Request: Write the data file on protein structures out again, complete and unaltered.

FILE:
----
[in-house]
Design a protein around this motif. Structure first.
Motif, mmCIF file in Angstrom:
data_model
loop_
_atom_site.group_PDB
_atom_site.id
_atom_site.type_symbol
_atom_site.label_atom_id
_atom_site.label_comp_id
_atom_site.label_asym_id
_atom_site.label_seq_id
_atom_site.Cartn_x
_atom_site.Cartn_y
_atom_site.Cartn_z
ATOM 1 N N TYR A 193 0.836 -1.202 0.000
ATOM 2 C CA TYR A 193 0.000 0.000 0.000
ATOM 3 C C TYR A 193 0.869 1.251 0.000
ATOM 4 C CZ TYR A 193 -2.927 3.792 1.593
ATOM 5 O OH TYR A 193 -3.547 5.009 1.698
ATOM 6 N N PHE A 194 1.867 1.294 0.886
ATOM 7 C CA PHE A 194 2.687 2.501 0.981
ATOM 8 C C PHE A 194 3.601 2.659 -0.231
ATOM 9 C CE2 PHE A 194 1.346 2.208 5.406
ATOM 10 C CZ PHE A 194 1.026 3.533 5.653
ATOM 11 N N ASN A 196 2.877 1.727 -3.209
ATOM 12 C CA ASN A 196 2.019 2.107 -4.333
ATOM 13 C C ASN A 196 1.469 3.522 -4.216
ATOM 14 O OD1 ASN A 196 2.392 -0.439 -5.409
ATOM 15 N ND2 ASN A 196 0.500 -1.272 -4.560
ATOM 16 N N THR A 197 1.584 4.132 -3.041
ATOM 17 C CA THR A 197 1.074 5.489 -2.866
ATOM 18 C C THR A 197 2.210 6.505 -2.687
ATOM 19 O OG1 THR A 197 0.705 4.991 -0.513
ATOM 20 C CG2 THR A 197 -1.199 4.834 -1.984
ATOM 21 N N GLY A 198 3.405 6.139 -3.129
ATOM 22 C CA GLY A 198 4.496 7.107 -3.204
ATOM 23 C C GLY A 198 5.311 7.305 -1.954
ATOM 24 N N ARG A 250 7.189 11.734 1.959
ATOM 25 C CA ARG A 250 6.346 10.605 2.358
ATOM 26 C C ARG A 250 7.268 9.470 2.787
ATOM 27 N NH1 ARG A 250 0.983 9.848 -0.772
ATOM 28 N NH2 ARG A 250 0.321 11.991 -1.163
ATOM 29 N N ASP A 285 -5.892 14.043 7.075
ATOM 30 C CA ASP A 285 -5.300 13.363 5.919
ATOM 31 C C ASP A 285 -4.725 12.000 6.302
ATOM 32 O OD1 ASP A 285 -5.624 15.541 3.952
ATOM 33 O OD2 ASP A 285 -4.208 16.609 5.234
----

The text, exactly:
[in-house]
Design a protein around this motif. Structure first.
Motif, mmCIF file in Angstrom:
data_model
loop_
_atom_site.group_PDB
_atom_site.id
_atom_site.type_symbol
_atom_site.label_atom_id
_atom_site.label_comp_id
_atom_site.label_asym_id
_atom_site.label_seq_id
_atom_site.Cartn_x
_atom_site.Cartn_y
_atom_site.Cartn_z
ATOM 1 N N TYR A 193 0.836 -1.202 0.000
ATOM 2 C CA TYR A 193 0.000 0.000 0.000
ATOM 3 C C TYR A 193 0.869 1.251 0.000
ATOM 4 C CZ TYR A 193 -2.927 3.792 1.593
ATOM 5 O OH TYR A 193 -3.547 5.009 1.698
ATOM 6 N N PHE A 194 1.867 1.294 0.886
ATOM 7 C CA PHE A 194 2.687 2.501 0.981
ATOM 8 C C PHE A 194 3.601 2.659 -0.231
ATOM 9 C CE2 PHE A 194 1.346 2.208 5.406
ATOM 10 C CZ PHE A 194 1.026 3.533 5.653
ATOM 11 N N ASN A 196 2.877 1.727 -3.209
ATOM 12 C CA ASN A 196 2.019 2.107 -4.333
ATOM 13 C C ASN A 196 1.469 3.522 -4.216
ATOM 14 O OD1 ASN A 196 2.392 -0.439 -5.409
ATOM 15 N ND2 ASN A 196 0.500 -1.272 -4.560
ATOM 16 N N THR A 197 1.584 4.132 -3.041
ATOM 17 C CA THR A 197 1.074 5.489 -2.866
ATOM 18 C C THR A 197 2.210 6.505 -2.687
ATOM 19 O OG1 THR A 197 0.705 4.991 -0.513
ATOM 20 C CG2 THR A 197 -1.199 4.834 -1.984
ATOM 21 N N GLY A 198 3.405 6.139 -3.129
ATOM 22 C CA GLY A 198 4.496 7.107 -3.204
ATOM 23 C C GLY A 198 5.311 7.305 -1.954
ATOM 24 N N ARG A 250 7.189 11.734 1.959
ATOM 25 C CA ARG A 250 6.346 10.605 2.358
ATOM 26 C C ARG A 250 7.268 9.470 2.787
ATOM 27 N NH1 ARG A 250 0.983 9.848 -0.772
ATOM 28 N NH2 ARG A 250 0.321 11.991 -1.163
ATOM 29 N N ASP A 285 -5.892 14.043 7.075
ATOM 30 C CA ASP A 285 -5.300 13.363 5.919
ATOM 31 C C ASP A 285 -4.725 12.000 6.302
ATOM 32 O OD1 ASP A 285 -5.624 15.541 3.952
ATOM 33 O OD2 ASP A 285 -4.208 16.609 5.234